For Email Marketing you can trust

Old Stock: A Refugee Love Story

Ben Caplan and Mary Fay Coady                                                            Photo by Stoo Metz Photography


                                                        By Marc Miller


There’s something about musicals about immigrants: Even when they’re not very good, they’re kind of great. Those are the heritages of most of us up on that stage, and the emotions are so big and so singable, and of course the conflicts and prejudices of 100-plus years ago are being newly played out in our current messed-up world. All American, a 1962 misfire, nevertheless opened with a chorus of Ellis Island would-be members of the melting pot fetchingly pleading, “Melt Us.” Ragtime, to these eyes the last great musical to date, wrenchingly spelled out the hardships faced by new Americans at the turn of the 20th century. So did Rags, if not for long.


You’ll have to bring all the immigration-musical goodwill you can muster, though, to Old Stock, a kind of klezmer-cabaret-musical-hybrid occupying Stage A at 59E59. It’s disorganized, sloppy, and rude, but underneath the winking and needless asides is an affecting narrative about Romanian refugees Chaim (Chris Weatherstone) and Chaya (Mary Fay Coady), who meet cute in Halifax and try to build a life together in Montreal; if nothing else, Old Stock is a valuable reminder that immigrant musicals don’t have to happen in Harlem or on the Lower East Side. He’s the only one of his large family to survive a pogrom, she’s a young widow who lost her husband and infant son on the road out of Russia, and they’re the only characters, except for an inert bundle in a blanket playing their eventual baby.



And except, that is, for the Wanderer (Ben Caplan, who also wrote the songs with Christian Barry, who also directs). He’s a sort of impish Jewish oversize leprechaun who first pops out of the top of Barry’s and Louisa Adamson’s tidy shipping container of a set, which opens to reveal what will be Chaim and Chaya’s little apartment, and a klezmer band behind it (Graham Scott on keyboard and accordion, Jamie Kronick on percussion). The Wanderer narrates and comments and runs up into the audience, goading us to react more loudly and clap in rhythm—don’t you hate that? And he does practically all the singing, in a strong, reedy voice that’s unfortunately often too close to the mic. The sound design, which is uncredited (Jordan Palmer is listed as “sound operator”), is of the sort that blasts everything, to the point where when two voices are in counterpoint, you can’t understand a word.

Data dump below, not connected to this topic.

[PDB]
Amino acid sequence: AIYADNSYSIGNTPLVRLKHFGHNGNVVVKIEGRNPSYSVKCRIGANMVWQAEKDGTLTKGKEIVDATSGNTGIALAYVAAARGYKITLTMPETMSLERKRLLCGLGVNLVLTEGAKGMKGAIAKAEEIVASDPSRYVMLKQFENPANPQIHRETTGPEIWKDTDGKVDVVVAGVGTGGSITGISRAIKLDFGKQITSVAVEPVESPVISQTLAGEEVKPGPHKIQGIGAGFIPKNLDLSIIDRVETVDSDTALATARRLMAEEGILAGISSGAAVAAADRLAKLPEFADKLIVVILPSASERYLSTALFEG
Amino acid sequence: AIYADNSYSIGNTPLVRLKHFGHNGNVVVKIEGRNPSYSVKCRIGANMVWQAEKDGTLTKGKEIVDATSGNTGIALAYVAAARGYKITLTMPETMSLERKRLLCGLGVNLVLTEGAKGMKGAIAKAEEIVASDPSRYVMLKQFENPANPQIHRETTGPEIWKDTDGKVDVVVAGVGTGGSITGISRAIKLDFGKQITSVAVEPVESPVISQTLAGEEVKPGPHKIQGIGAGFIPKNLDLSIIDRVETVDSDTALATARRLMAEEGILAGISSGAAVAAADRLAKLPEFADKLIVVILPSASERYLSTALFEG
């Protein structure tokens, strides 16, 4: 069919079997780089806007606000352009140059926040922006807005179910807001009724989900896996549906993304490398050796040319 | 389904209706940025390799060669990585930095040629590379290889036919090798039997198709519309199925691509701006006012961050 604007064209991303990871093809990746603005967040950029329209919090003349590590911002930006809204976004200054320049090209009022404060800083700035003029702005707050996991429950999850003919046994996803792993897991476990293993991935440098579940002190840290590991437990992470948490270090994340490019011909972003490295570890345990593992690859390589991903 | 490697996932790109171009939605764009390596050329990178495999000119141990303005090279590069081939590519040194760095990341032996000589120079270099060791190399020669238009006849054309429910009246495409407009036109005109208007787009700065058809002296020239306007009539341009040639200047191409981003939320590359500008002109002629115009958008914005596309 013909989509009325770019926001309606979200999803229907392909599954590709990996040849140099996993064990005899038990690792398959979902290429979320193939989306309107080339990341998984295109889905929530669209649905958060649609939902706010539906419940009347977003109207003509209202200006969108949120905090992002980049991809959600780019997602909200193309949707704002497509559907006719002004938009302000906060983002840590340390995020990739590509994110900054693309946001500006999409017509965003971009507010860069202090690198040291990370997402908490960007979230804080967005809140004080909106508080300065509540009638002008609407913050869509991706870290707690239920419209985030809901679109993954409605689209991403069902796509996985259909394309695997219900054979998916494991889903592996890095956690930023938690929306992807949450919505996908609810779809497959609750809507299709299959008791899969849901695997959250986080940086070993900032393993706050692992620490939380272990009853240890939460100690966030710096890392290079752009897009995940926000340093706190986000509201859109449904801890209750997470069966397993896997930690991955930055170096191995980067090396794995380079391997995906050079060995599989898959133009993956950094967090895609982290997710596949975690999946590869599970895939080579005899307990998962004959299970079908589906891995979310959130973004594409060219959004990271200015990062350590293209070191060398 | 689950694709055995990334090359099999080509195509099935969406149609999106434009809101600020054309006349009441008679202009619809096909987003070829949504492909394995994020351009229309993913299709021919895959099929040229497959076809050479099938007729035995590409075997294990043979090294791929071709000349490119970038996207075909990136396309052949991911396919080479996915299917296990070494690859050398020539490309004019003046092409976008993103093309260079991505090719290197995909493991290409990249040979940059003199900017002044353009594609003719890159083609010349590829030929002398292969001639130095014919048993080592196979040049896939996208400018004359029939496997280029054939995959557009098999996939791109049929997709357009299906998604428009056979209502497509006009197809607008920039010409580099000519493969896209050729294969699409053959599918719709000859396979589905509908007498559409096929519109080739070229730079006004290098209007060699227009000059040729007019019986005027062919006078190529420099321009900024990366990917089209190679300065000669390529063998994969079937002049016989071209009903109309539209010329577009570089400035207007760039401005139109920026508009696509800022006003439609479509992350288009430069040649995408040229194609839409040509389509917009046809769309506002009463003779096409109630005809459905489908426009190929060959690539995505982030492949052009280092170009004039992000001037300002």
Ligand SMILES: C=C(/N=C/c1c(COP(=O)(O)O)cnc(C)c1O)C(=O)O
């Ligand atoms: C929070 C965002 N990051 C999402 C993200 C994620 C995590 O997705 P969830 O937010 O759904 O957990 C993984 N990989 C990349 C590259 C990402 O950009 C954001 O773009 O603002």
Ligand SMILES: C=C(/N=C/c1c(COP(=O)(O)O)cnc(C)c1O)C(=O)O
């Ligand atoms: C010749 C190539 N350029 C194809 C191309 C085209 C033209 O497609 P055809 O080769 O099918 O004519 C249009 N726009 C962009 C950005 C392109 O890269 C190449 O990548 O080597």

Not that you’d necessarily want to, as the lyrics tend not to rhyme, and to be about things other than what Chaim and Chaya are experiencing. The Wanderer kvetches about having some sort of “Traveler’s Curse,” touches on some marginally relevant refugee issues in “You’ve Arrived,” and has a cheerful number called “Truth Doesn’t Live in a Book” that isn’t about anything. There’s another about how men’s love lives are affected by their chosen professions, one about how “The world belongs to those who plough the (expletive deleted),” a scene-setting one for a quiet interval with Chaya, and “Fledgling,” a pretty parable about a mama bird and her children, whose relevance to the narrative is beyond me. The Wanderer, in short, is mostly a distracting presence, and has a filthy mouth—no crime in itself, but all his cursing feels irrelevant and inappropriate to our quiet little suffering pair.


Besides Chaim and Chaya, Weatherstone and Coady play woodwinds and violin, respectively, and they guide us persuasively through this young couple’s conflicts and struggles. He doesn’t know how to handle a woman, she’s still in love with her dead husband, and you’ll be glad to know that what looks like an unpromising marriage survives illnesses, her moodiness, their age difference, and pointless interruptions from the Wanderer. But we don’t get any feel for how they interacted with the rest of their small world. Hannah Moscovitch based her script on her own family, and the feelings really do well up at the end, as we learn how fruitfully Chaim and Chaya multiplied and get glimpses of them aging and managing the kids. But their emotions are so song-ready, why don’t they sing them, instead of the Wanderer wandering in with another irrelevance?


The melodies, mostly in those Jewish minor keys we expect of this subject matter, are often appealing, and so is Adamson’s and Barry’s warm, intimate lighting, heavy on picture-frame spotlights of Chaim or Chaya. There’s a touching story waiting to be told here, one of hardships faced and met and strengthened love and triumph over an unimaginably sad past. But it needs something beyond a setup of snarky Wanderer monologue, small Chaim-Chaya scene, out-of-left-field cabaret song, another scene, more Wanderer narration. The authors might look to the neatness and emotional ballast of, say, Fiddler on the Roof. Now there was an immigrant musical…


Through April 22nd.

At 59E59 Theaters, 59 E. 59th St., Manhattan.

For tickets and more information, phone (212) 279-4200 or

Running time:  1 hour; 25 minutes with no intermission.